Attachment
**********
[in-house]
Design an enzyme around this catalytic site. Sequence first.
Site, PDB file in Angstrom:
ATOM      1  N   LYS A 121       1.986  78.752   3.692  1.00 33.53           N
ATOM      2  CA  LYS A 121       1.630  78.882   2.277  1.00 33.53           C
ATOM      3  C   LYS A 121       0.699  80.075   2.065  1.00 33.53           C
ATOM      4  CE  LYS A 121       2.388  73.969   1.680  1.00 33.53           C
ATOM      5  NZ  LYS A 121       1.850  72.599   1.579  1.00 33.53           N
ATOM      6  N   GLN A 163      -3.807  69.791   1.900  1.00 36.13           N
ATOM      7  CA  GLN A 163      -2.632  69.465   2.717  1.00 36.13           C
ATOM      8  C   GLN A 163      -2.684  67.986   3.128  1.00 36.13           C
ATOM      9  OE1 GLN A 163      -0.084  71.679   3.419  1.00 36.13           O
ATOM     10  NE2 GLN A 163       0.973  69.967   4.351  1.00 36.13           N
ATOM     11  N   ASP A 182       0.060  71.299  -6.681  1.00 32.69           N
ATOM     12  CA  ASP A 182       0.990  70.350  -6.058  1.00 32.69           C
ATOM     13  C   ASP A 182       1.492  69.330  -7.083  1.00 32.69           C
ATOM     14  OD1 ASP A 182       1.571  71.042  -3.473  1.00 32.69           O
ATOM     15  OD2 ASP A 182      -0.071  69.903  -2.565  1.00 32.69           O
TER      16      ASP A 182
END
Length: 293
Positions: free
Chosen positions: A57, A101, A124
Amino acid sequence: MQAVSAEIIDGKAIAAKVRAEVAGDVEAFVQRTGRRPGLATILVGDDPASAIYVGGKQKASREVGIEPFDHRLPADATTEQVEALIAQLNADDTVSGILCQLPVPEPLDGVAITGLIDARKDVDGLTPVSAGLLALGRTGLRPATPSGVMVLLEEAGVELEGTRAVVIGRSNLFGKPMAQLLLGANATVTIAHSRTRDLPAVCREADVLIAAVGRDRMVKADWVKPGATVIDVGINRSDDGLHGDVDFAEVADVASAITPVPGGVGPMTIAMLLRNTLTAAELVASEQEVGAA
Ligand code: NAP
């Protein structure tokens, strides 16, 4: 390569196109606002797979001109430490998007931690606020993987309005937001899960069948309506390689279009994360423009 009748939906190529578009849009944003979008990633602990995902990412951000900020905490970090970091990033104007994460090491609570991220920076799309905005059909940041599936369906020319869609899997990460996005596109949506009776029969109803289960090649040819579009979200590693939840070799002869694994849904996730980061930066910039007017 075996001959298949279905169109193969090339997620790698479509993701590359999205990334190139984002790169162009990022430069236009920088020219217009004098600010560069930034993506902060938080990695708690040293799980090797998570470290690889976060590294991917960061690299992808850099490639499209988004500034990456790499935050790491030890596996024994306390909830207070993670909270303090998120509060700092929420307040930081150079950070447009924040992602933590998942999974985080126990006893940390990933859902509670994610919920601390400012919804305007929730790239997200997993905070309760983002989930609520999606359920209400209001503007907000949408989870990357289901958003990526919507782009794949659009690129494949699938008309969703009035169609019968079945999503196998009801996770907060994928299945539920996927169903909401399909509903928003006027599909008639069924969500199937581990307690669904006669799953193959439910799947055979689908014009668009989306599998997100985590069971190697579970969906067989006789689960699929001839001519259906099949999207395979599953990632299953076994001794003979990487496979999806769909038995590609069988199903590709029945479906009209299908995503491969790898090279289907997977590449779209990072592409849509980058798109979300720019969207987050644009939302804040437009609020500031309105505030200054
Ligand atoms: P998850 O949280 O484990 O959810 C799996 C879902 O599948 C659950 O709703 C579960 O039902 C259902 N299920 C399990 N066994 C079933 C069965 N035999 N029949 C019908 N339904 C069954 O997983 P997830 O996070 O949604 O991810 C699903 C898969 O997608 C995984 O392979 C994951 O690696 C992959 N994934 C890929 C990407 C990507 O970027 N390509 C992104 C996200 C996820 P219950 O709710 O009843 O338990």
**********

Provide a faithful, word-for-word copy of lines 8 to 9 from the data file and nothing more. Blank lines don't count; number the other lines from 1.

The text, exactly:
ATOM      5  NZ  LYS A 121       1.850  72.599   1.579  1.00 33.53           N
ATOM      6  N   GLN A 163      -3.807  69.791   1.900  1.00 36.13           N